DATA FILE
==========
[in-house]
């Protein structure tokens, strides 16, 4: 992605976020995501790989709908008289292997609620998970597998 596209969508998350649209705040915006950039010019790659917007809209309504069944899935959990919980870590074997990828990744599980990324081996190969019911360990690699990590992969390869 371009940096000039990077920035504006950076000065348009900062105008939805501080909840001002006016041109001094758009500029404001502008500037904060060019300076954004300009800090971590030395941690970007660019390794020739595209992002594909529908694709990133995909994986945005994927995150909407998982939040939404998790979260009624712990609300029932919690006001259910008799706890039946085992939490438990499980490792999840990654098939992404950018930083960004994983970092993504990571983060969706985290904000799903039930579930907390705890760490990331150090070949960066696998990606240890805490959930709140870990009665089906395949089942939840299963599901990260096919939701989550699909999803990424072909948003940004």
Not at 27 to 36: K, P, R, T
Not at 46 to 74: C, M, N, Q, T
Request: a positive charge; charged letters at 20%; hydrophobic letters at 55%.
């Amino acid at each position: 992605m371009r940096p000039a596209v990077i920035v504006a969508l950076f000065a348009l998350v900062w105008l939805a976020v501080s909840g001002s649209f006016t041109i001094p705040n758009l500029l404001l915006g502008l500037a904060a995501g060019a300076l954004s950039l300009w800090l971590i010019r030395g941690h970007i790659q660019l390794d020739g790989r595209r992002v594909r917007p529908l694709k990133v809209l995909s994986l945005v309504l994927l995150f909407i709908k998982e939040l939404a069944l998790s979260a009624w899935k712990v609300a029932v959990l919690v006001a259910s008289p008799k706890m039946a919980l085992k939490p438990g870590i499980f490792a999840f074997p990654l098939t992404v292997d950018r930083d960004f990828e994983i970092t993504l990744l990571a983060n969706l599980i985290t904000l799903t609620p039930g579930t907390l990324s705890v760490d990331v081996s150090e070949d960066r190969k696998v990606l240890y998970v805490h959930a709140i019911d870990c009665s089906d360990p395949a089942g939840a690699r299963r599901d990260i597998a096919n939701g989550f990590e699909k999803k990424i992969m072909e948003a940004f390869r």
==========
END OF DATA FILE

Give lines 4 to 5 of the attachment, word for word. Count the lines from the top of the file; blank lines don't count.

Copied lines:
Not at 46 to 74: C, M, N, Q, T
Request: a positive charge; charged letters at 20%; hydrophobic letters at 55%.